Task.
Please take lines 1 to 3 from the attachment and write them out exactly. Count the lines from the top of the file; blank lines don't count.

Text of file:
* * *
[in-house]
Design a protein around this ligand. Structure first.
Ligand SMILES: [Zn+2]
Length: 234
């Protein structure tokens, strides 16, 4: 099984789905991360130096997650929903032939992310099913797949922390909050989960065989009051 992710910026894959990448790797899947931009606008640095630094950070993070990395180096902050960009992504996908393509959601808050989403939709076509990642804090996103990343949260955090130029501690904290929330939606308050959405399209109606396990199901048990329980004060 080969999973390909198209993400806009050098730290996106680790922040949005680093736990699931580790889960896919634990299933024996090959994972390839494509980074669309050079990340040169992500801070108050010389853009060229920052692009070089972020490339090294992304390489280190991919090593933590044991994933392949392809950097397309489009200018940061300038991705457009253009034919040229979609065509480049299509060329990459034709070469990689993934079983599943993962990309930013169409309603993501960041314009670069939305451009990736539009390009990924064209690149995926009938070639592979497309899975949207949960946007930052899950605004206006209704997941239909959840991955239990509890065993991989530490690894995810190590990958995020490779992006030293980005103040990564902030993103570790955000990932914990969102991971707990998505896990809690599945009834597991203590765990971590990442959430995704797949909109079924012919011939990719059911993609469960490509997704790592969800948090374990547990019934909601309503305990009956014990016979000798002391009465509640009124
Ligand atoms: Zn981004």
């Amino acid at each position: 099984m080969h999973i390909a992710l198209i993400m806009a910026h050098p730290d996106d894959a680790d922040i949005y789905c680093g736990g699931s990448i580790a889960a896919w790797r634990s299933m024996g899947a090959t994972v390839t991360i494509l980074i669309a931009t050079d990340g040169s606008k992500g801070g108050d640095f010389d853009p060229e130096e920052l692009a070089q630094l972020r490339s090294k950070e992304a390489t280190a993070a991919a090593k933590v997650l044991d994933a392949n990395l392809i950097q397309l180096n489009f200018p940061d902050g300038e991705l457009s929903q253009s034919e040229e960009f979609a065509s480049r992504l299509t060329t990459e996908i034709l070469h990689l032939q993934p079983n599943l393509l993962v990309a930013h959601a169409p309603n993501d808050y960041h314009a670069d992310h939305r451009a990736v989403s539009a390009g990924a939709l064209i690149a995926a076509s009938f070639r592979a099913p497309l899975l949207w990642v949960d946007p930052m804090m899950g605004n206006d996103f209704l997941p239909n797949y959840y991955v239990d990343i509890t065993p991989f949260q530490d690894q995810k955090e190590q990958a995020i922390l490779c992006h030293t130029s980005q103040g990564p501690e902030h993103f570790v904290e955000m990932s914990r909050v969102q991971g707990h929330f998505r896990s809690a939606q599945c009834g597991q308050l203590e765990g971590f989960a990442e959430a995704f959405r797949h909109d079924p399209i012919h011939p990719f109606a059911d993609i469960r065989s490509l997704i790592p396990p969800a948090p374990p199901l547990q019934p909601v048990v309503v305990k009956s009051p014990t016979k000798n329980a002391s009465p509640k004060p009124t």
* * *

[in-house]
Design a protein around this ligand. Structure first.
Ligand SMILES: [Zn+2]